DAY 16: Our second car-free week was stormy and surreal

A few missteps dampened our multimodal enthusiasm, and we’re running low on hummus.  

How was your week, America? It confirmed for me the theory of parallel universes. As for transportation, we used feet, buses, bikes and Uber. Only once did we beg for help. Thank you, Robin.

Highs of the Week

  1. Stephanie experienced the DC Metrorail. And a slow march with a half-million new friends.
  2. Bike ride to Minute Maid Park. Astros Fanfest prepped Paul for our 2017 MLB Championship season.
  3. Bus ride on MLK Day. Speed wasn’t the point.
  4. Our first transportation shootout: Yellow Cab vs. Uber. I tried the new zTrip cab app. Watch for the results this week.
  5. A flawless bus ride to dinner. While friends searched for a parking place, I tried not to gloat.

Lows of the Week

Just before things went wrong
  1. How not to ride the bus. Stupid human mistakes (ours) and rain nearly ruined a fun outing.
  2. A setback for Stephanie. I learned the value of Uber to health and marital bliss. (She’s feeling better.)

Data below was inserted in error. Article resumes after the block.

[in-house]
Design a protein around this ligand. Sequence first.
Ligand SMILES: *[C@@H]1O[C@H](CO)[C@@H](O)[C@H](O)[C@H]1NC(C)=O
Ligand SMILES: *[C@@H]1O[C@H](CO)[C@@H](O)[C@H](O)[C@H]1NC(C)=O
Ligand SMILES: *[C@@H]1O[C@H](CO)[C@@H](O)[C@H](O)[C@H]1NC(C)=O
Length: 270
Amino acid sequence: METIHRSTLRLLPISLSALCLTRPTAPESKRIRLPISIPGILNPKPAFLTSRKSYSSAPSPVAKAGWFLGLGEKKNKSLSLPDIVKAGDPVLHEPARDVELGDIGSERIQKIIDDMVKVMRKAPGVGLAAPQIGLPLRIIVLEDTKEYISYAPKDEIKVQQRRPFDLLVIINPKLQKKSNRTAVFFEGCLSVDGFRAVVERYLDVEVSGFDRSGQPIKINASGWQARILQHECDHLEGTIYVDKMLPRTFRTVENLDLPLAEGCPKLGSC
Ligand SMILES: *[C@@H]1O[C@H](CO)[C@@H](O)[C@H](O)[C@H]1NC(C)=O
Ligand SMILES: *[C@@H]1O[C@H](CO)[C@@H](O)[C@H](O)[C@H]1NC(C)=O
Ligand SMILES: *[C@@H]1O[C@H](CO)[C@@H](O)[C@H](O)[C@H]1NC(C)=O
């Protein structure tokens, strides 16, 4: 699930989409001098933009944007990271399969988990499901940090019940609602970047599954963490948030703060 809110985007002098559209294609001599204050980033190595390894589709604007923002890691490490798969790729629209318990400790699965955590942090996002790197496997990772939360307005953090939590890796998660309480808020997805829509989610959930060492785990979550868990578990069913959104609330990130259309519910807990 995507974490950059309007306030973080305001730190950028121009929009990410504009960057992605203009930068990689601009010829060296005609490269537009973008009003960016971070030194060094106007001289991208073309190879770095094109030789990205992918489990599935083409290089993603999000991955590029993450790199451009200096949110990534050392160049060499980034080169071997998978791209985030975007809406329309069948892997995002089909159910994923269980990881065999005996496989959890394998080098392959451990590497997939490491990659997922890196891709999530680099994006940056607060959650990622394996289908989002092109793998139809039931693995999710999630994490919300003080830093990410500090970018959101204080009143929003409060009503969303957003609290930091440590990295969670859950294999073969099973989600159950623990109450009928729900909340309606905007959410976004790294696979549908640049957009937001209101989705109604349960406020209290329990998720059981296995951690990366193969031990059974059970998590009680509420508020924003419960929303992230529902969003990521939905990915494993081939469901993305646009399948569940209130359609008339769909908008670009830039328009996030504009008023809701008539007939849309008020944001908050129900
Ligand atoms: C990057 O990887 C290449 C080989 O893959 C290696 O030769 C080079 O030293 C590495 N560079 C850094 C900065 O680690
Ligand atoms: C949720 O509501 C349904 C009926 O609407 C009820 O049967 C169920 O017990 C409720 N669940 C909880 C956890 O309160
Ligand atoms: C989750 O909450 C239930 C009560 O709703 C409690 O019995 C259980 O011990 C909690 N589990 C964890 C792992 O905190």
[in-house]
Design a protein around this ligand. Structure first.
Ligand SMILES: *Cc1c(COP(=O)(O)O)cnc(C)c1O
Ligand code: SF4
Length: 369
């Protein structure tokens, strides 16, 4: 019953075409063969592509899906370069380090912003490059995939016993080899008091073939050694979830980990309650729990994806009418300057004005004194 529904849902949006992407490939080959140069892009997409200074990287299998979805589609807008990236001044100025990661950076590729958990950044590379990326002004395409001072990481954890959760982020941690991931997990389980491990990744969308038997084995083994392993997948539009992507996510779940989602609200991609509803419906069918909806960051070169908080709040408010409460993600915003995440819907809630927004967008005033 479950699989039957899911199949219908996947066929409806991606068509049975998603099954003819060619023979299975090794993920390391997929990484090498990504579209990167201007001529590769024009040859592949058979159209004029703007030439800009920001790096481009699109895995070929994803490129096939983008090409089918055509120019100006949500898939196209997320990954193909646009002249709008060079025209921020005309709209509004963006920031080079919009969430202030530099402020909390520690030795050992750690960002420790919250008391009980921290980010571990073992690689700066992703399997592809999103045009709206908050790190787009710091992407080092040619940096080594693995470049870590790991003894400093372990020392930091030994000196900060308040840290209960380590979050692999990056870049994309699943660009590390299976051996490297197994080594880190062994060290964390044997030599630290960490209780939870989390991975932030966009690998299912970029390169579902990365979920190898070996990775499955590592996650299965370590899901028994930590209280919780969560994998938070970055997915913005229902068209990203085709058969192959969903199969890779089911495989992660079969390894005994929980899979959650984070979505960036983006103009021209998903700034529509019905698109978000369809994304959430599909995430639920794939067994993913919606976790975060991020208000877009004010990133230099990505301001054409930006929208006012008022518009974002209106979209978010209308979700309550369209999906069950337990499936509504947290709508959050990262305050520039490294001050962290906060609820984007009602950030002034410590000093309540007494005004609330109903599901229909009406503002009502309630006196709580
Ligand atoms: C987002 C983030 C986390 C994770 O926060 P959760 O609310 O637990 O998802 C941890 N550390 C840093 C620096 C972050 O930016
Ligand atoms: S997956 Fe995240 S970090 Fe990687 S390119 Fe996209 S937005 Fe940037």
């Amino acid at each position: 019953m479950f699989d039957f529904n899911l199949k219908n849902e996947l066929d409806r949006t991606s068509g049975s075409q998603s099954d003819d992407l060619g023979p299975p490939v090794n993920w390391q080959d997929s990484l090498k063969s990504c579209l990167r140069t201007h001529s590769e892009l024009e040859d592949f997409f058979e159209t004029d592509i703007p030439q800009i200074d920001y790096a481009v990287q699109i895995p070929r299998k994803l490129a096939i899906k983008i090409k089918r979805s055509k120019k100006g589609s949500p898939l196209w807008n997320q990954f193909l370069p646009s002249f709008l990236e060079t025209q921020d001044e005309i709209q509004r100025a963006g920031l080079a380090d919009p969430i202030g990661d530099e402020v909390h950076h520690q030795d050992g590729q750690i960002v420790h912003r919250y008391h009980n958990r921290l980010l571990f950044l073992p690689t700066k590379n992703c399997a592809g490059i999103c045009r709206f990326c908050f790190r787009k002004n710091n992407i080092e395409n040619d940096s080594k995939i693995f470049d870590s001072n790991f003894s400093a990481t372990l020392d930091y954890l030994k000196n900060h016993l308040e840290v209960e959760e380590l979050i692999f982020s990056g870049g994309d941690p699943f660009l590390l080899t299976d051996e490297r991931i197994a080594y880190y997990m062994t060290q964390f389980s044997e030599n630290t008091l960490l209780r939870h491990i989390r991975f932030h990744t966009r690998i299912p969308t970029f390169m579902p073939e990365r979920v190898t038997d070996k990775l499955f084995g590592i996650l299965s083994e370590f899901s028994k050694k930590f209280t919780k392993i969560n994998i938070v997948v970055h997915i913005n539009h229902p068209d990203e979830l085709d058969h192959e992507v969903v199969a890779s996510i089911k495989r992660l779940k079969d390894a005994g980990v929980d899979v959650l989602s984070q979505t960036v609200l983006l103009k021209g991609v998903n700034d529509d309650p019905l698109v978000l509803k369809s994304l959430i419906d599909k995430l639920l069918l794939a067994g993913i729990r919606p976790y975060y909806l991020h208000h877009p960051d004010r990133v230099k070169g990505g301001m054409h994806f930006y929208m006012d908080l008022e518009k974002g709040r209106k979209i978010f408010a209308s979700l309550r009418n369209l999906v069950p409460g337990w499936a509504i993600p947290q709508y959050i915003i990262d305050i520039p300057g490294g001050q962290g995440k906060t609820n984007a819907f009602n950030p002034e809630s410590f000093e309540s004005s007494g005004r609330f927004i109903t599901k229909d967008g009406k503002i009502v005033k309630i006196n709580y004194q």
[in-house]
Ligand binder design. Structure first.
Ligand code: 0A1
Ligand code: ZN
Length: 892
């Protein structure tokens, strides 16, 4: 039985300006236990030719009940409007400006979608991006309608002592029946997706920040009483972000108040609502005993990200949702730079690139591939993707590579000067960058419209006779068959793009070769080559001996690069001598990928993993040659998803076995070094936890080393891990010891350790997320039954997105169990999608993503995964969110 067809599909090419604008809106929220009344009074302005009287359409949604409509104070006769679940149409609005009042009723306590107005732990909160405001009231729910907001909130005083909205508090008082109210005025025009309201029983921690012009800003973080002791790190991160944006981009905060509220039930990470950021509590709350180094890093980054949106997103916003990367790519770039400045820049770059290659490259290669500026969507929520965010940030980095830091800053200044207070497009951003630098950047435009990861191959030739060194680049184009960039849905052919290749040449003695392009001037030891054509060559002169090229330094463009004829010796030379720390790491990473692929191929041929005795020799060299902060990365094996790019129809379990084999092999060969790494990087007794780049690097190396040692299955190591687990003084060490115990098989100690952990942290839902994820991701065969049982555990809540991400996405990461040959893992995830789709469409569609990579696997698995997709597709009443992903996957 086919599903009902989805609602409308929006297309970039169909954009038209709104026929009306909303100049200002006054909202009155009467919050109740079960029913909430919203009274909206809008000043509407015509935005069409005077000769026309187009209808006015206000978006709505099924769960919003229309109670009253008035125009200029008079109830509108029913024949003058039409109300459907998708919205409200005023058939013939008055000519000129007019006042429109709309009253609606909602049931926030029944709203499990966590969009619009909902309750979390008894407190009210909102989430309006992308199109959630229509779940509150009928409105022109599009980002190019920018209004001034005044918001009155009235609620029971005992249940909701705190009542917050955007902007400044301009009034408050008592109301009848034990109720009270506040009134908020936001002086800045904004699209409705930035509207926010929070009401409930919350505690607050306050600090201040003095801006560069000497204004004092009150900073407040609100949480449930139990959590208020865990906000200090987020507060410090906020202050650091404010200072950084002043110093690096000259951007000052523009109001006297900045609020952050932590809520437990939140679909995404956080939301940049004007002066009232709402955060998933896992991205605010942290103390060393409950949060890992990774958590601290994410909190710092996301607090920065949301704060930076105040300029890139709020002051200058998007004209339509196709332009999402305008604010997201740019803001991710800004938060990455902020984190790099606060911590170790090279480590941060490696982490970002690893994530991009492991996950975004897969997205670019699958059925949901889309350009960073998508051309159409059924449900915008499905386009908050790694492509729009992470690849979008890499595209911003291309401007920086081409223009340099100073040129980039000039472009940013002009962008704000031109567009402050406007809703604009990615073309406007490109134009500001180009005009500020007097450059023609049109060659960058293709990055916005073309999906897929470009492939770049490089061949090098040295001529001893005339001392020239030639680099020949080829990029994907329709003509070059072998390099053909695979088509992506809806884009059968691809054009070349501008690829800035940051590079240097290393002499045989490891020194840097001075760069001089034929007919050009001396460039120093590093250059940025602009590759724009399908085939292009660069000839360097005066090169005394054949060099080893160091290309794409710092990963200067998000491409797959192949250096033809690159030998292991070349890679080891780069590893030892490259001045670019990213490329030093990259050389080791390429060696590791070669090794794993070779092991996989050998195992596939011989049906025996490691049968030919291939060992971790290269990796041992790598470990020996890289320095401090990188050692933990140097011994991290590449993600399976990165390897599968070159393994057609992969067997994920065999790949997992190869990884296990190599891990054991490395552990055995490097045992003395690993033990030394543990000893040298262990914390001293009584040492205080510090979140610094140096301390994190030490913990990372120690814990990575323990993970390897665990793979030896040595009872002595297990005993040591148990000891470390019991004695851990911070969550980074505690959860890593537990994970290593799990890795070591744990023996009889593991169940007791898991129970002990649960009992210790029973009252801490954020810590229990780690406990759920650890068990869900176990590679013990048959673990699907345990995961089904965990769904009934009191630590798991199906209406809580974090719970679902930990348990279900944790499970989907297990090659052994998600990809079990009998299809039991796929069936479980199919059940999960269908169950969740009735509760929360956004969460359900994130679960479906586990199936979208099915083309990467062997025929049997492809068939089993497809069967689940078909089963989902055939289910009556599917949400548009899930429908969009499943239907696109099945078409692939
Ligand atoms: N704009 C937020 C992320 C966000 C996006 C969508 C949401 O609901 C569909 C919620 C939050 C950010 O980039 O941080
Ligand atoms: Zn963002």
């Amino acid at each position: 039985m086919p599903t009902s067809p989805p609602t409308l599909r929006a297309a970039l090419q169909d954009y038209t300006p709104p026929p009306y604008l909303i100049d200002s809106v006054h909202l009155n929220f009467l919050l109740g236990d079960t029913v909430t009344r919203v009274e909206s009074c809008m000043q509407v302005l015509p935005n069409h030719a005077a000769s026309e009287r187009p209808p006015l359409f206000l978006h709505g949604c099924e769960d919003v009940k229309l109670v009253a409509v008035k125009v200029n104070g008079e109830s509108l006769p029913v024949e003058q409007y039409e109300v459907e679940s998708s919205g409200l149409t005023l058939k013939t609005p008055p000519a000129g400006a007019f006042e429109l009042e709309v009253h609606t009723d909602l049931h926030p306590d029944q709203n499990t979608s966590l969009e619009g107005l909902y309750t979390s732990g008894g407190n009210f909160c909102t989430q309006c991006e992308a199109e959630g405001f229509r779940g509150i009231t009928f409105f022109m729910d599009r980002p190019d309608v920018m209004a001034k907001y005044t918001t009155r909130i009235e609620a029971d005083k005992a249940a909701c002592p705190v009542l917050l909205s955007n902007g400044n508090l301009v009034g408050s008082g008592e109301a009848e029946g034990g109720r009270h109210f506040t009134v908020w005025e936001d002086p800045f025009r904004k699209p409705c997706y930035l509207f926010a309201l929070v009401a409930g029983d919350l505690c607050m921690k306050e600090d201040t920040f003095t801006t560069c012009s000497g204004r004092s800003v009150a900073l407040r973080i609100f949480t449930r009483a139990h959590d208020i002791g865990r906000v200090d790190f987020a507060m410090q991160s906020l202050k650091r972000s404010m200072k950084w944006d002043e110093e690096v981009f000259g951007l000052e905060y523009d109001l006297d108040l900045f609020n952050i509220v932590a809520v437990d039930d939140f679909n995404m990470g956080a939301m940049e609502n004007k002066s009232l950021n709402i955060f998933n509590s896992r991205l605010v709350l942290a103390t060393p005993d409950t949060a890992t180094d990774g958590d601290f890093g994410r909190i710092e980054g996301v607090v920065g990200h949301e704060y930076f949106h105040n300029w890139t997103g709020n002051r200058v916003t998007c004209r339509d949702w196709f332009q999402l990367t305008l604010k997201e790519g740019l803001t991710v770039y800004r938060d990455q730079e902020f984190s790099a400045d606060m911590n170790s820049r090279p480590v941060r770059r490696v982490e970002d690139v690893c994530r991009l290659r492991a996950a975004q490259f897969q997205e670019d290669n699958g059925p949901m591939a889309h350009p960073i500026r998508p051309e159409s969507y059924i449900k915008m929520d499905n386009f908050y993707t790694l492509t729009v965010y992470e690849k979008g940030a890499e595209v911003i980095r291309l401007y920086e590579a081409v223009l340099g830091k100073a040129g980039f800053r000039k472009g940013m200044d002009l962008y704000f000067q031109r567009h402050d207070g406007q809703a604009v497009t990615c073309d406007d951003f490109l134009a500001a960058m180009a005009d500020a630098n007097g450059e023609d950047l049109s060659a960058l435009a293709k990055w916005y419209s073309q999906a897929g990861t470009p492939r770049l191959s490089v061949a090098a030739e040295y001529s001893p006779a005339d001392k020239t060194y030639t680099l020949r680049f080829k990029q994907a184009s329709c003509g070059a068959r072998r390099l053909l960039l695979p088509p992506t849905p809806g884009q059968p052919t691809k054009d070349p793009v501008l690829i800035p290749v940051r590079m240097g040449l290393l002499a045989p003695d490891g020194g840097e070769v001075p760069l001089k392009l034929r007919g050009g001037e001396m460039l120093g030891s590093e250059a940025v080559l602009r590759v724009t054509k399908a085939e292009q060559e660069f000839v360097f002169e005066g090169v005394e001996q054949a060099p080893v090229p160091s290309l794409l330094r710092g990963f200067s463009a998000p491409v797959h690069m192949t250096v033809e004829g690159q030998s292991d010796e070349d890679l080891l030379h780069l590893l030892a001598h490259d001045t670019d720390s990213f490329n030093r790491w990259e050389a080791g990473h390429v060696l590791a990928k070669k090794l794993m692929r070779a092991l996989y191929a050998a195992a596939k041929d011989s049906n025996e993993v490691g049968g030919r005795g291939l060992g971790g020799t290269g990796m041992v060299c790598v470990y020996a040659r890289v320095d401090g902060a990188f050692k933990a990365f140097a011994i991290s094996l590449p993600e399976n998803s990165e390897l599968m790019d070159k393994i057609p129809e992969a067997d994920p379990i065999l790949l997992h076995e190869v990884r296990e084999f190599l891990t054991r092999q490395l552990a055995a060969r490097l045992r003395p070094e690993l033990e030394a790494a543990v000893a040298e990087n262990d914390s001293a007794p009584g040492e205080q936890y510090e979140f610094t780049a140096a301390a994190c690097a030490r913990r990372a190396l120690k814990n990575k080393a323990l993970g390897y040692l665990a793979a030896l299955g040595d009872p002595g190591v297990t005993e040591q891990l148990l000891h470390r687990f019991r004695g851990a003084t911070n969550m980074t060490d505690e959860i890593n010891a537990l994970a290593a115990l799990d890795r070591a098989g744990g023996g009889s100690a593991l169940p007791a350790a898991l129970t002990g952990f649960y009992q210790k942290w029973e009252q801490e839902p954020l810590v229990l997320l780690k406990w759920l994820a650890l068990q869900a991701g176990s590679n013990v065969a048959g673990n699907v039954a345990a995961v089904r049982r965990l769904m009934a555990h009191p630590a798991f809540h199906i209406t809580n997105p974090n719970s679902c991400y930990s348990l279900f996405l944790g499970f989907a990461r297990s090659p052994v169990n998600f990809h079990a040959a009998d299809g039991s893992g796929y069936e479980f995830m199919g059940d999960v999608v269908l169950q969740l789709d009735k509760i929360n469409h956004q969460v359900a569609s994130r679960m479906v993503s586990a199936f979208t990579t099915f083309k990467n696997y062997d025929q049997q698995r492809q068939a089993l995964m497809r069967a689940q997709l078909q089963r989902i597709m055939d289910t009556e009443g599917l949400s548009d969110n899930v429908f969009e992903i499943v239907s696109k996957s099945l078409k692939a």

3. Walking in circles. A busted attempt to use the bus to grocery shop taught us the value of next bus arrival texting.

The Deets

By walking, biking and taking buses, 22.32 lbs of CO2 was not emitted.

Walking: 11 miles

Bus/Rail: 35.9 miles

Bike: 16.7 miles

Uber: 15.7 miles

Car: 13.9 miles

We added transportation costs to the chart (above). Private car costs are calculated at 58 cents per mile. Bicycles and their upkeep cost something. We’re using $1 for every day the bike is used. Don’t ask why. A cab ride (in the name of science, not transportation) was not included.

Now, I’m off to the grocery store. Will it be bus, bike, teleportation? Watch for another weekly report next Sunday.



  1. We need specifics on the busted attempt to use the bus for grocery shopping. Surely we can learn something from your failures.

    1. We have two grocery stores accessible by bus. One is on route #40 (30-minute Sunday frequency). We foolishly did not text next bus arrival. We see a bus go past just as we’re approaching the stop. LESSON No. 1: Use next bus arrival texting. So we text to see when the next bus on the #40 and the other route (#56) will arrive. Based on the estimated times, we walk to a stop on line #56. The #56 has a 15-minute frequency. We wait for 20 minutes. As we’re texting next bus arrival, the time keeps moving back. It moved from 3:29 until 3:49. LESSON No. 2: Unsure. We didn’t understand how the bus arrival time (supposedly based on real-time data) could shift 20 minutes. We could only assume the bus was hijacked or the Daleks had finally defeated the Time Lords, and all was lost.

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